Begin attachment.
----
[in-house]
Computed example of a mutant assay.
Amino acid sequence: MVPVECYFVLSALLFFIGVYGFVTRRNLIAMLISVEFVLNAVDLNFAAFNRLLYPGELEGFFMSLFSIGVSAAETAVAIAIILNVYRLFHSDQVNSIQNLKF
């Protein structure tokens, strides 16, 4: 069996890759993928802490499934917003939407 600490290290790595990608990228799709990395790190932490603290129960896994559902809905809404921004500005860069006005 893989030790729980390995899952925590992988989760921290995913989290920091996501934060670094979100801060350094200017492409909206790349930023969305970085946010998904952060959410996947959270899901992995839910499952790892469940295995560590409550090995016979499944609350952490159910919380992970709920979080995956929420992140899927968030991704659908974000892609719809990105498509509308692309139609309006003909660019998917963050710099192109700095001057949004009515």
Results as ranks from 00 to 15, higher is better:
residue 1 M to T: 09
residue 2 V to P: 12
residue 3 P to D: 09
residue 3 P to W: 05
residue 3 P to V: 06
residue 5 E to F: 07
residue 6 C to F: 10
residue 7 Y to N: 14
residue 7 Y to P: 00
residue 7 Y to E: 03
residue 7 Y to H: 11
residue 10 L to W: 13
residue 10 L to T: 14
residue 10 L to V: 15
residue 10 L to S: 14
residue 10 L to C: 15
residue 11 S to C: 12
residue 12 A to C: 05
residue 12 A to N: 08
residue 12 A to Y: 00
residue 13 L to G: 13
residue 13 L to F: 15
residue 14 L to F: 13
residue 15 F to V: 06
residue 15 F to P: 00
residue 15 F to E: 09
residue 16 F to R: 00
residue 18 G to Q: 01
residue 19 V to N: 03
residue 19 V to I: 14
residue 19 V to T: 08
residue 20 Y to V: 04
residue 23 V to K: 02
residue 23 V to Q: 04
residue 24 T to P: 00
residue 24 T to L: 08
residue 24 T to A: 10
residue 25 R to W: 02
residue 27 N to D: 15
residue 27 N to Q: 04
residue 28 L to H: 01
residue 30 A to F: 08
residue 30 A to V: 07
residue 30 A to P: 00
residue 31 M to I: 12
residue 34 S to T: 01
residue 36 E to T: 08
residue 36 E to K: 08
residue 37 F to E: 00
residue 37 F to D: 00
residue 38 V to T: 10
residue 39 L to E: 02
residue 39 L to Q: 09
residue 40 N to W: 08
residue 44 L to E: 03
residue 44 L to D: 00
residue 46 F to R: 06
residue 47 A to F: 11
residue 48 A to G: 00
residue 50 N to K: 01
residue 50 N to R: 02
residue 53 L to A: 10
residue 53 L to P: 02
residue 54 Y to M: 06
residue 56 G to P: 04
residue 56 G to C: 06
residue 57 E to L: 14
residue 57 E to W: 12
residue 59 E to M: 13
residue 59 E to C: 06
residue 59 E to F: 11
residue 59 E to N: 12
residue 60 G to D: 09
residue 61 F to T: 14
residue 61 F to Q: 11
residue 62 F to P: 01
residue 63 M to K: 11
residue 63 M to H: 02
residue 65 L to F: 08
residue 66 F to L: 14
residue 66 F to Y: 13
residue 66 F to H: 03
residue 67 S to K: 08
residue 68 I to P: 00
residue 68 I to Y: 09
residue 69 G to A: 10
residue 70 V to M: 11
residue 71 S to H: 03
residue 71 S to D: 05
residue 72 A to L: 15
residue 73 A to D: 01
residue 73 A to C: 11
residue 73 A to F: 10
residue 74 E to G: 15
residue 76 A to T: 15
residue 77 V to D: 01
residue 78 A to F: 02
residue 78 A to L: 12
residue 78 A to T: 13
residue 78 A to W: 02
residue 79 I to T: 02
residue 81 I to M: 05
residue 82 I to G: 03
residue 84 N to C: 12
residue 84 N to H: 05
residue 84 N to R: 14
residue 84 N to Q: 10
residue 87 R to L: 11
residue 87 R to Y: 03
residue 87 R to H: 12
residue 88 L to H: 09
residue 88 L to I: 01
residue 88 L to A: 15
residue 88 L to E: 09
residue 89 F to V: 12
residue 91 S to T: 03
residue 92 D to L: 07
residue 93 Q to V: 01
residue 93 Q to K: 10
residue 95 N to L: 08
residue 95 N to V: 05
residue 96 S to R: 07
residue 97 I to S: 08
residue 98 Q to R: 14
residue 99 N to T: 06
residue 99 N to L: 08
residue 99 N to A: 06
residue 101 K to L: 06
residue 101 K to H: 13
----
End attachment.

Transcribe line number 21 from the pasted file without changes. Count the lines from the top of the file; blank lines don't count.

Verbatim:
residue 10 L to C: 15